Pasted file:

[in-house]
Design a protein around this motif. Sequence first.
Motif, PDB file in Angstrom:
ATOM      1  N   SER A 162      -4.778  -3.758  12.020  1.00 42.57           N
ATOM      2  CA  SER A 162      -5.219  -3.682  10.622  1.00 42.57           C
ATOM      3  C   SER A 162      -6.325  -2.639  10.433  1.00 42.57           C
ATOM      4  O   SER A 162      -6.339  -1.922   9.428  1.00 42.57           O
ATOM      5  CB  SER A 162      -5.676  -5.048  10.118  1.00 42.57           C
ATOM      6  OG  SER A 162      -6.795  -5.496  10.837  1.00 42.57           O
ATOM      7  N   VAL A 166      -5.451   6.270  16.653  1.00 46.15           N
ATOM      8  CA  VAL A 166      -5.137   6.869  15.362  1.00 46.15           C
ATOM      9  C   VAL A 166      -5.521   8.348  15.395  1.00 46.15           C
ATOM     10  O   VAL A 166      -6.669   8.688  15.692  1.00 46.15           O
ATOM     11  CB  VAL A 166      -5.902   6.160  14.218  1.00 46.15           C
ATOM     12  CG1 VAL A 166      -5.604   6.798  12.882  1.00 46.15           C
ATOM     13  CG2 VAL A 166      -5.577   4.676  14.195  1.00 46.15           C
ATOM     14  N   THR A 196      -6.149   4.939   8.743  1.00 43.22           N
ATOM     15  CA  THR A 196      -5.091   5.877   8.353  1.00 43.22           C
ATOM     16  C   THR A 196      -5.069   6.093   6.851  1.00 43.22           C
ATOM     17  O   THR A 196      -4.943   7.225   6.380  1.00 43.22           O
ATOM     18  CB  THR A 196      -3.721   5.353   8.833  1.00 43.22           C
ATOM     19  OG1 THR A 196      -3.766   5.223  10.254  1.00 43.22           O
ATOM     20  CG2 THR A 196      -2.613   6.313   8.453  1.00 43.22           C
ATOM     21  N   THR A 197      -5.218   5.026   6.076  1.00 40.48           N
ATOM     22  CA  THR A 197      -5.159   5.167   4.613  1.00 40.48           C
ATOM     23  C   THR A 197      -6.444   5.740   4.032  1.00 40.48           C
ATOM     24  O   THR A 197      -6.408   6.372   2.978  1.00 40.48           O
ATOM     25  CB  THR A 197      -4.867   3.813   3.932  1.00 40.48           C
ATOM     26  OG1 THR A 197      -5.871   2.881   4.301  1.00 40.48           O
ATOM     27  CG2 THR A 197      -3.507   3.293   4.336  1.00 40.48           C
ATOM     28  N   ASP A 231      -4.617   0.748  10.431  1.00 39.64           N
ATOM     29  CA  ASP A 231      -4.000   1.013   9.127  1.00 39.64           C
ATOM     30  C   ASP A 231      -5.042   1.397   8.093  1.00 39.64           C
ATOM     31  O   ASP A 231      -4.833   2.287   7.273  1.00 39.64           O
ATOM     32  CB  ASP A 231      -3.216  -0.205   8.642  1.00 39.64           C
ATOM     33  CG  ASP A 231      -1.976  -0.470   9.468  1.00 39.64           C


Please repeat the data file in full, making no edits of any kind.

[in-house]
Design a protein around this motif. Sequence first.
Motif, PDB file in Angstrom:
ATOM      1  N   SER A 162      -4.778  -3.758  12.020  1.00 42.57           N
ATOM      2  CA  SER A 162      -5.219  -3.682  10.622  1.00 42.57           C
ATOM      3  C   SER A 162      -6.325  -2.639  10.433  1.00 42.57           C
ATOM      4  O   SER A 162      -6.339  -1.922   9.428  1.00 42.57           O
ATOM      5  CB  SER A 162      -5.676  -5.048  10.118  1.00 42.57           C
ATOM      6  OG  SER A 162      -6.795  -5.496  10.837  1.00 42.57           O
ATOM      7  N   VAL A 166      -5.451   6.270  16.653  1.00 46.15           N
ATOM      8  CA  VAL A 166      -5.137   6.869  15.362  1.00 46.15           C
ATOM      9  C   VAL A 166      -5.521   8.348  15.395  1.00 46.15           C
ATOM     10  O   VAL A 166      -6.669   8.688  15.692  1.00 46.15           O
ATOM     11  CB  VAL A 166      -5.902   6.160  14.218  1.00 46.15           C
ATOM     12  CG1 VAL A 166      -5.604   6.798  12.882  1.00 46.15           C
ATOM     13  CG2 VAL A 166      -5.577   4.676  14.195  1.00 46.15           C
ATOM     14  N   THR A 196      -6.149   4.939   8.743  1.00 43.22           N
ATOM     15  CA  THR A 196      -5.091   5.877   8.353  1.00 43.22           C
ATOM     16  C   THR A 196      -5.069   6.093   6.851  1.00 43.22           C
ATOM     17  O   THR A 196      -4.943   7.225   6.380  1.00 43.22           O
ATOM     18  CB  THR A 196      -3.721   5.353   8.833  1.00 43.22           C
ATOM     19  OG1 THR A 196      -3.766   5.223  10.254  1.00 43.22           O
ATOM     20  CG2 THR A 196      -2.613   6.313   8.453  1.00 43.22           C
ATOM     21  N   THR A 197      -5.218   5.026   6.076  1.00 40.48           N
ATOM     22  CA  THR A 197      -5.159   5.167   4.613  1.00 40.48           C
ATOM     23  C   THR A 197      -6.444   5.740   4.032  1.00 40.48           C
ATOM     24  O   THR A 197      -6.408   6.372   2.978  1.00 40.48           O
ATOM     25  CB  THR A 197      -4.867   3.813   3.932  1.00 40.48           C
ATOM     26  OG1 THR A 197      -5.871   2.881   4.301  1.00 40.48           O
ATOM     27  CG2 THR A 197      -3.507   3.293   4.336  1.00 40.48           C
ATOM     28  N   ASP A 231      -4.617   0.748  10.431  1.00 39.64           N
ATOM     29  CA  ASP A 231      -4.000   1.013   9.127  1.00 39.64           C
ATOM     30  C   ASP A 231      -5.042   1.397   8.093  1.00 39.64           C
ATOM     31  O   ASP A 231      -4.833   2.287   7.273  1.00 39.64           O
ATOM     32  CB  ASP A 231      -3.216  -0.205   8.642  1.00 39.64           C
ATOM     33  CG  ASP A 231      -1.976  -0.470   9.468  1.00 39.64           C